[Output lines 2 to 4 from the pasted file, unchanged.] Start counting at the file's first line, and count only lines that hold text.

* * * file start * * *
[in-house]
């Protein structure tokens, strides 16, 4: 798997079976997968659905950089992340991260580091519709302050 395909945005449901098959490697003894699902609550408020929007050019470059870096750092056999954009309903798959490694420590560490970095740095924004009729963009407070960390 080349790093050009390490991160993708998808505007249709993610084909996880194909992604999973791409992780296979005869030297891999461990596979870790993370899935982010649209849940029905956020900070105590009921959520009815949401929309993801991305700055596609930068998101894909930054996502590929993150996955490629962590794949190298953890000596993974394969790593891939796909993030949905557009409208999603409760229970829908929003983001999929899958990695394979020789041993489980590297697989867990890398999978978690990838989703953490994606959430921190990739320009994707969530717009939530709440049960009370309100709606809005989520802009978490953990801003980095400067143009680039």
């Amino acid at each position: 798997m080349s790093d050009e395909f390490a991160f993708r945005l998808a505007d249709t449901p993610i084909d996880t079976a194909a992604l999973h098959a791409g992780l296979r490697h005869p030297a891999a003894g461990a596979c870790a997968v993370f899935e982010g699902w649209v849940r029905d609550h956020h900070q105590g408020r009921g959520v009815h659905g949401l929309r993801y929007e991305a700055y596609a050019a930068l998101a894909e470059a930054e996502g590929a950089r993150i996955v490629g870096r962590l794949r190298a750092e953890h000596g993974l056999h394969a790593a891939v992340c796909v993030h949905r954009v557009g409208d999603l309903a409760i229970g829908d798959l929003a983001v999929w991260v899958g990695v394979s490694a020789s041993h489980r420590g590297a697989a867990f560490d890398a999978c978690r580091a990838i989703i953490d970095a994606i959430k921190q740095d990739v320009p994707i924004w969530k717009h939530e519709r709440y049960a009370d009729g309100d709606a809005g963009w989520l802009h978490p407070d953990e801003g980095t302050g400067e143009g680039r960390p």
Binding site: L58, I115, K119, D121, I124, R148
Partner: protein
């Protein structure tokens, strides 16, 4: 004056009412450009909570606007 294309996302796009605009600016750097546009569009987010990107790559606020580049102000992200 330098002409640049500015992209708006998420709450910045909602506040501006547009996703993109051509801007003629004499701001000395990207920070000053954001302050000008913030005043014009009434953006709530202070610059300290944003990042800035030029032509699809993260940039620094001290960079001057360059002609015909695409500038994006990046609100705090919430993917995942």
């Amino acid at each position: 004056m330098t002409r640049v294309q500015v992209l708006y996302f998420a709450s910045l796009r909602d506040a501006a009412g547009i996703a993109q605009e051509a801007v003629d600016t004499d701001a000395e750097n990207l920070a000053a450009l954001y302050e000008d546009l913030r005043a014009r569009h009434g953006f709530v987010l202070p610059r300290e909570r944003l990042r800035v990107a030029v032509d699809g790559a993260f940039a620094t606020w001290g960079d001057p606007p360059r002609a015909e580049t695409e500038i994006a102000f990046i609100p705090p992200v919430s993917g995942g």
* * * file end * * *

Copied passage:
């Protein structure tokens, strides 16, 4: 798997079976997968659905950089992340991260580091519709302050 395909945005449901098959490697003894699902609550408020929007050019470059870096750092056999954009309903798959490694420590560490970095740095924004009729963009407070960390 080349790093050009390490991160993708998808505007249709993610084909996880194909992604999973791409992780296979005869030297891999461990596979870790993370899935982010649209849940029905956020900070105590009921959520009815949401929309993801991305700055596609930068998101894909930054996502590929993150996955490629962590794949190298953890000596993974394969790593891939796909993030949905557009409208999603409760229970829908929003983001999929899958990695394979020789041993489980590297697989867990890398999978978690990838989703953490994606959430921190990739320009994707969530717009939530709440049960009370309100709606809005989520802009978490953990801003980095400067143009680039």
């Amino acid at each position: 798997m080349s790093d050009e395909f390490a991160f993708r945005l998808a505007d249709t449901p993610i084909d996880t079976a194909a992604l999973h098959a791409g992780l296979r490697h005869p030297a891999a003894g461990a596979c870790a997968v993370f899935e982010g699902w649209v849940r029905d609550h956020h900070q105590g408020r009921g959520v009815h659905g949401l929309r993801y929007e991305a700055y596609a050019a930068l998101a894909e470059a930054e996502g590929a950089r993150i996955v490629g870096r962590l794949r190298a750092e953890h000596g993974l056999h394969a790593a891939v992340c796909v993030h949905r954009v557009g409208d999603l309903a409760i229970g829908d798959l929003a983001v999929w991260v899958g990695v394979s490694a020789s041993h489980r420590g590297a697989a867990f560490d890398a999978c978690r580091a990838i989703i953490d970095a994606i959430k921190q740095d990739v320009p994707i924004w969530k717009h939530e519709r709440y049960a009370d009729g309100d709606a809005g963009w989520l802009h978490p407070d953990e801003g980095t302050g400067e143009g680039r960390p």
Binding site: L58, I115, K119, D121, I124, R148